Da Jack Jackson a Chester Brown: fumetto e riflessione storica - pp. 92-107
This paper acknowledges the importance of history-based comics and graphic novels from their origins to the present. In order to account for the current relevance of these works, two examples are analyzed: Comanche Moon (1979) by Texan underground author Jack 'Jaxon' Jackson, which recounts the life and times of Comanche chief Qua-nah Parker, and Louis Riel: A Comic-Strip Biography (2003) by Canadian artist Chester Brown, dealing with the Red River Rebellion and the North-West Rebellion of Manitoba. By examining these two works and drawing comparisons between their different aesthetic approaches, it is argued that contemporary consciousness has moved from a 'descriptive' conception of history to a deeper awareness of the impossibility of history itself to truly reproduce the events, and that the medium of comics proves effective to convey this very awareness.
Graphic epic? Nota su Art Spiegelman - pp. 108-114
After a brief introduction outlining the contemporary literary landscape, the essay argues that the most important American graphic novel, Maus by Art Spiegelman, might be considered a failed attempt to compose an epic narrative. Stressing the serialization of the comics as a genre, it focuses on Spiegel-man's mixed language to highlight the ways in which the author tries to come to terms with the endless reproduction of his father narrative of the Holocaust.
Eric Drooker: immagini come parole - pp. 115-124
Intervista a Eric Drooker - pp. 125-130
Semplicemente interessante - pp. 131-155
Seemingly vacuous and based on a weak and ambivalent feeling, "interesting" often fails to get recognized as a judgment of aesthetic value even when used explicitly in the evaluation of artworks. As if for precisely this reason, it is a judgment that continues to circulate promiscuously in the critical analysis of cultural artifacts, in a climate in which it is now generally assumed that aesthetic evaluations are irrelevant to the work of criticism. This essay argues that far from being an ahistorical abstraction, the interesting is a specifically modern response to novelty or change as it arises against a background of boredom and sameness. Through readings of the serial and deliberately noncharis-matic, "merely interesting" art made by U.S. conceptual artists in the 1960s and 1970s, I further argue that the interesting is a discursive and informational aesthetic of circulation and of evidence. Far from being an empty judgment, or aesthetic without content, the deepest content of the interesting is thus the process of its justification to others, pointing to this "forensic" aesthetic's surprising salience for critical thinking.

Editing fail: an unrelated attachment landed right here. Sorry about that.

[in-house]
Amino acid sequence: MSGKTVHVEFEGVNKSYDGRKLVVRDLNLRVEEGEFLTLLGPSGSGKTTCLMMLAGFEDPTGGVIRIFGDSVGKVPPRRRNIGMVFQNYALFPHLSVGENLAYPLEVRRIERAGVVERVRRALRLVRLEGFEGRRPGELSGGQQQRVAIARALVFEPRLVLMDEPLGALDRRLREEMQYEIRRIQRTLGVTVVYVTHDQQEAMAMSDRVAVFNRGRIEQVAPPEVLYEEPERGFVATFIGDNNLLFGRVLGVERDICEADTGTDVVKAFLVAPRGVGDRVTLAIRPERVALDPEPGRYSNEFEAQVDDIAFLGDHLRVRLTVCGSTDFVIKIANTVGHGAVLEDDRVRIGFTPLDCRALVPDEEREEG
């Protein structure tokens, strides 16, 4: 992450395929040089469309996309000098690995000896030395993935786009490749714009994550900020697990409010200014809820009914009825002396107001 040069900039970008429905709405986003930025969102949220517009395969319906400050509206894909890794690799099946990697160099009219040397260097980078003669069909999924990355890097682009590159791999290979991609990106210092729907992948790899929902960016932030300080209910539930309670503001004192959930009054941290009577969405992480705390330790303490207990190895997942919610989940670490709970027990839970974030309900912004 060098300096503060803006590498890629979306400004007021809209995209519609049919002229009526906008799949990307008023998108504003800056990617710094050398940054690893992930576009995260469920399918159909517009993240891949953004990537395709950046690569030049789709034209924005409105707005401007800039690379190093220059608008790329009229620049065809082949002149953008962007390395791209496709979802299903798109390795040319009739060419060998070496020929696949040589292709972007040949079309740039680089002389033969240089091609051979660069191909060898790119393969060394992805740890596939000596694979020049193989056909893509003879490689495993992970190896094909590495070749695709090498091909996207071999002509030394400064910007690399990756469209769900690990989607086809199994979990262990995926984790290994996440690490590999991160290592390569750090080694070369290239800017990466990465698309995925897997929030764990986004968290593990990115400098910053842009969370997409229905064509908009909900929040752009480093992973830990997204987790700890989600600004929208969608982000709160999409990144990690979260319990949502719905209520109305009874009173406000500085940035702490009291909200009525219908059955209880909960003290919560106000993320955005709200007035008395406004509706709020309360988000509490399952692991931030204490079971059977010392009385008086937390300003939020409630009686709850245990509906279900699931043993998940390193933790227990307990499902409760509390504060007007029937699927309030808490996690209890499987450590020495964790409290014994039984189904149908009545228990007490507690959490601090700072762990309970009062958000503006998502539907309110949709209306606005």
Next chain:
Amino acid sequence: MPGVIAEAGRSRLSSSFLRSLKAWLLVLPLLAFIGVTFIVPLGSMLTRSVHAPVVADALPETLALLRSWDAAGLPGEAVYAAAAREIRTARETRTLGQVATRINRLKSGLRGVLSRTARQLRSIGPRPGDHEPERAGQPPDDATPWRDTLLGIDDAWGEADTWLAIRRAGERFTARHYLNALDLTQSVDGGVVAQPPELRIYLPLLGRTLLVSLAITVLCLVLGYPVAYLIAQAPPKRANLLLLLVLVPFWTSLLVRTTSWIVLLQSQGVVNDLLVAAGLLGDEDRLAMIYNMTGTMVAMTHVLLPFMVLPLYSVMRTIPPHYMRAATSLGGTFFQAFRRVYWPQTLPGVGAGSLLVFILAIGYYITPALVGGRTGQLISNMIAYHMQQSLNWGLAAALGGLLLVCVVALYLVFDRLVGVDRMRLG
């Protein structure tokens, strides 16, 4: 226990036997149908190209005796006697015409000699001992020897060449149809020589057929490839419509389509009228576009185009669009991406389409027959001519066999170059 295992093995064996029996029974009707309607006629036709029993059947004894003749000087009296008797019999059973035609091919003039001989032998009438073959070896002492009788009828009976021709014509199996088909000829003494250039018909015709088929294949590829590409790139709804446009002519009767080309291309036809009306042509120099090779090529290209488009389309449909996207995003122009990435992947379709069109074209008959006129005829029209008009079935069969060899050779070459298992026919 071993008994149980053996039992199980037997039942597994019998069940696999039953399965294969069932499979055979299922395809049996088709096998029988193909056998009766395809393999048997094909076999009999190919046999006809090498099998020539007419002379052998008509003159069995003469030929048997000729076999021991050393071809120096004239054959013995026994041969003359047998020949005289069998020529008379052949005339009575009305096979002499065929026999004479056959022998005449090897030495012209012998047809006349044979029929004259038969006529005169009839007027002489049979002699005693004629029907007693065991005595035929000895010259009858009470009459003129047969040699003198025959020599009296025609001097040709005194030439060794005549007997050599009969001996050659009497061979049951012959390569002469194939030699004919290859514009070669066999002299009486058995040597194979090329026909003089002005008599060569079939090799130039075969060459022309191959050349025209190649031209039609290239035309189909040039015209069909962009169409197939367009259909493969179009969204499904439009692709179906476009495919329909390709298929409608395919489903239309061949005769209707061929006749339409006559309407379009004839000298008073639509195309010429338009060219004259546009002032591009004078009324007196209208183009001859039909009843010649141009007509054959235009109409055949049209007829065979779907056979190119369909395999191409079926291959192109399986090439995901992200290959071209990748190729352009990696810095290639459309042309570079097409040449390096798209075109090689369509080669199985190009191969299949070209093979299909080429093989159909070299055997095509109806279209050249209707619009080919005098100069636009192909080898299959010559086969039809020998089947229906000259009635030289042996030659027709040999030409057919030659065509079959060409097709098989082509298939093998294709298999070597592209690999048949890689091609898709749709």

Il writing è sul muro. Miss 17, Banksy, i graffiti e la gentrification di un quartiere di Brooklyn - pp. 156-158
Miss 17 and Banksy are graffiti writers whose work has recently appeared in the Greenpoint / Williamsburg area of Brooklyn, New York. While Miss 17's tags are simple in design, their considerable presence is a prime reason why the New York City police department's graffiti task force has placed numerous "Reward" posters throughout the neighborhood in an attempt to "clean up the neighborhood." A piece on a storefront by (in)famous Banksy, on the other hand, was quickly photographed and reproduced on a local luxury condominium developer's website in order to sell the neighborhood to wealthy "hip" urbanites. Although both of their writings are equally illegal, the noticeably different reactions to both is a prime example of the way that graffiti is being used as a resistance to, as well as a branding of, the gentrification process that is drastically changing the area.